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Charting Dynamic Normalized Ranges.


 

Often it is desirable to plot multiple series so that their values are normalized to an initial value of, say, 100. This is particularly useful when comparing performance of stock prices on a relative basis. This article shows how to use dynamic ranges and dynamic charts to display normalized values.

More examples of dynamic charts can be found by following links on Dynamic and Interactive Charts.

The Data

The sample data consists of a month's worth of dates in column A plus corresponding values in columns B and C. Row 1 contains column headers, so the actual data starts in row 2.

To allow for dynamic charting, cell E2 contains a parameter for the starting point index of the dynamic data, and cell F2 contains another parameter for the number of points in the dynamic data.

These various ranges will be assigned names below.

  A B C
1 Date Value1 Value2
2 1-Dec-06 52.50 24.40
3 2-Dec-06 50.61 24.12
4 3-Dec-06 52.55 21.96
5 4-Dec-06 48.80 23.22
6 5-Dec-06 47.64 21.13
7 6-Dec-06 44.29 21.97
8 7-Dec-06 43.80 22.50
9 8-Dec-06 43.97 21.36
10 9-Dec-06 46.88 22.88
11 10-Dec-06 42.69 24.22
12 11-Dec-06 41.07 22.35
13 12-Dec-06 38.26 21.79
14 13-Dec-06 37.09 23.70
15 14-Dec-06 40.11 22.71
16 15-Dec-06 40.85 23.53
17 16-Dec-06 39.92 24.33
18 17-Dec-06 41.97 22.62
19 18-Dec-06 37.90 22.56
20 19-Dec-06 36.84 22.47
21 20-Dec-06 34.56 22.71
22 21-Dec-06 37.11 23.67
23 22-Dec-06 35.44 25.45
24 23-Dec-06 36.63 24.99
25 24-Dec-06 33.70 25.51
26 25-Dec-06 31.95 23.28
27 26-Dec-06 31.52 22.00
28 27-Dec-06 31.35 21.50
29 28-Dec-06 30.09 21.77
30 29-Dec-06 28.94 23.21
31 30-Dec-06 26.83 23.33
32 31-Dec-06 27.48 24.26
  E F
1 Start Length
2 5 12

Defining The Names

A "Name" is what Excel calls a variable. A Name has two parts, a name and a formula that defines what the Name refers to. Sometimes a Name is called a "Named Range", but a more accurate description would be "Named Formula".

If I wanted a Name to refer to a constant, I would give it a name like Two and a refers to formula of =2. If I wanted another name to refer to a range, I might name it MyRange and assign it a formula of =Sheet1!$A$1:$C$10. Names can be more complicated than this, incorporating Excel's worksheet formulas to produce almost any result. For example, the names defined below include both OFFSET and INDEX functions.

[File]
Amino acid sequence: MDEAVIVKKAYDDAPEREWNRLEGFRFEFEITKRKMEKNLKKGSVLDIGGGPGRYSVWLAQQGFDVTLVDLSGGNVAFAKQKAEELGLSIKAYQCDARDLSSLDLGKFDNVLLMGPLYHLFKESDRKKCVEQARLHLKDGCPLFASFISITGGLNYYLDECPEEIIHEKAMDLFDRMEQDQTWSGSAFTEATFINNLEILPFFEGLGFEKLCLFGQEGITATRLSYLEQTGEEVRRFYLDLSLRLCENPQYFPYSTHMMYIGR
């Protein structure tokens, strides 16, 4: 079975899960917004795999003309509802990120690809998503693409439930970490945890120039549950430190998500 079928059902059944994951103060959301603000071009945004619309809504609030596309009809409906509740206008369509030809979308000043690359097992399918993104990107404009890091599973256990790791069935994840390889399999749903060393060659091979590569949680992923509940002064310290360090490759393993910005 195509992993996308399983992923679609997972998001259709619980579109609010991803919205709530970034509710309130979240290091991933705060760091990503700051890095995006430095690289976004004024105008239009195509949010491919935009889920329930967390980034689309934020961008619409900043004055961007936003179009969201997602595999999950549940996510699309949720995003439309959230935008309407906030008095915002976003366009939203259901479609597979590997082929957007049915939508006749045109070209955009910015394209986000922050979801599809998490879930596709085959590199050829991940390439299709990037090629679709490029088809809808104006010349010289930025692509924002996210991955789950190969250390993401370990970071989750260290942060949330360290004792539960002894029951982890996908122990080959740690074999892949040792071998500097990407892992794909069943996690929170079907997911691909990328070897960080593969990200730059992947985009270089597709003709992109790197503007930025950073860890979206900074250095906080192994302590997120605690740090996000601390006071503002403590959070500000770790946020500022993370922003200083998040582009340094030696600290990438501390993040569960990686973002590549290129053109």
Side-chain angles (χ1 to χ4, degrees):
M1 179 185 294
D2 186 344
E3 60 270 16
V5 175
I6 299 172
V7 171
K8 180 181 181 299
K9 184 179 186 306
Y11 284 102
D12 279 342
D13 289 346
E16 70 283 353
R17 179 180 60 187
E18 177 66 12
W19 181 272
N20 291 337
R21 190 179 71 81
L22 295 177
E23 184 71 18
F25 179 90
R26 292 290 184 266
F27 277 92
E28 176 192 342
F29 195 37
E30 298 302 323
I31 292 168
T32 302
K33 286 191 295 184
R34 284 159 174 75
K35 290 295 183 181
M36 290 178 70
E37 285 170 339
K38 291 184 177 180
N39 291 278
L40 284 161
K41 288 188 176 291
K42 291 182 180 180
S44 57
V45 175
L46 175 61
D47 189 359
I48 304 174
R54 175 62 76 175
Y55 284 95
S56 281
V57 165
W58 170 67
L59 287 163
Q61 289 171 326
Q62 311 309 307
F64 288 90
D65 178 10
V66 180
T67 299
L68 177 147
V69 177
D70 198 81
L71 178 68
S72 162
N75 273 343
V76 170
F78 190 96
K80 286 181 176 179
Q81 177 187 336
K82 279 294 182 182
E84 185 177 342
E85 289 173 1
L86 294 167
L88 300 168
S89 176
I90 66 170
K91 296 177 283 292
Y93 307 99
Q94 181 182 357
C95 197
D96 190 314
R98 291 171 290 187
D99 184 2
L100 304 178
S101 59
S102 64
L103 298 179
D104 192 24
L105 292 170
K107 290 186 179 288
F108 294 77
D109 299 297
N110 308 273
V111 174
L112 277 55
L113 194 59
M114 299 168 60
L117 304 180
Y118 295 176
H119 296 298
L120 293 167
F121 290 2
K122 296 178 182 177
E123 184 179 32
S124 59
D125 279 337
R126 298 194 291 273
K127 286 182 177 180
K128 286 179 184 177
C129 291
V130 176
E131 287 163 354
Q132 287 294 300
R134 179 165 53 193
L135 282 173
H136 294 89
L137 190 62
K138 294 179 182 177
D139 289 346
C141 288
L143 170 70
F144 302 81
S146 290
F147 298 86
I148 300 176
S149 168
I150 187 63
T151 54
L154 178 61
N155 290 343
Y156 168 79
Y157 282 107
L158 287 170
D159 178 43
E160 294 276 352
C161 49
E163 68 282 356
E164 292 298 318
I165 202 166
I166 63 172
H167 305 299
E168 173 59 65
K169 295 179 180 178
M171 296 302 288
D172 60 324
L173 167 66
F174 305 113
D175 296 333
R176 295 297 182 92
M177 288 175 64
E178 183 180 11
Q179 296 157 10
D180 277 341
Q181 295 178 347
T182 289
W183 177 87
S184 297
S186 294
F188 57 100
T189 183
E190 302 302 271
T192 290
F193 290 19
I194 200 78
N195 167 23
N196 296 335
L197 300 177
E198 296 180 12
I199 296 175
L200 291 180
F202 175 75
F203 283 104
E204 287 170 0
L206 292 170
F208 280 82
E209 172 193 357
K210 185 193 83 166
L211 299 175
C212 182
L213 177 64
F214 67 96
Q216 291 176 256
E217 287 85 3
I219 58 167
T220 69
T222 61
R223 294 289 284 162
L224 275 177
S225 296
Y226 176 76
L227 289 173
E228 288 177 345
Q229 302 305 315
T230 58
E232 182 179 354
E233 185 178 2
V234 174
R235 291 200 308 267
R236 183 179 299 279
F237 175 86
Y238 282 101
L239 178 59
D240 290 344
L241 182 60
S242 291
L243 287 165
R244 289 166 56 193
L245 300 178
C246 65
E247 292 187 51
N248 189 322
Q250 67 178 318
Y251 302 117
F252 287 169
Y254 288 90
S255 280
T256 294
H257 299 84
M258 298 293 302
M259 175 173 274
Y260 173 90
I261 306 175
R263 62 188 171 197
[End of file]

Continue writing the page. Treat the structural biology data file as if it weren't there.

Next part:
It helps to give consideration to the names of your Names. The name of a Name can use letters and numerals and a few punctuation marks, but it's safer to limit these to the underscore character and the period (and I don't even use periods); the name must start with a letter or an underscore. Since the Names in this example all refer to worksheet ranges, I use a prefix of "rng". Often, to indicate ranges used for chart data, I use a prefix of "cht" for the prefix. Use a convention that makes sense and will help you remember two months later what the Names refer to. For example, in this example, I use "rngValue1" to refer to the entire set of values for series 1, "rngSelectedValue1" to refer to the selected subset of the series 1 values, and "rngSelectedValue1Norm" to refer to the normalized selected values of series 1.

The table below describes the Names used in this example:

Name Refers To
rngDates =OFFSET(DataSheet!$A$1,1,0,COUNT(DataSheet!$A:$A),1)
rngValue1 =OFFSET(rngDates,,1)
rngValue2 =OFFSET(rngDates,,2)
rngStart =DataSheet!$E$2
rngLength =DataSheet!$F$2
rngSelectedDates =INDEX(rngDates,rngStart):INDEX(rngDates,rngStart+rngLength-1)
rngSelectedValue1 =OFFSET(rngSelectedDates,,1)
rngSelectedValue2 =OFFSET(rngSelectedDates,,2)
rngSelectedValue1Norm =rngSelectedValue1/INDEX(rngSelectedValue1,1)*100
rngSelectedValue2Norm =rngSelectedValue2/INDEX(rngSelectedValue2,1)*100

Note for Excel 2007 users: This technique will fail if your Names begin with the word "Chart". Use names like ChtValues instead of ChartValues.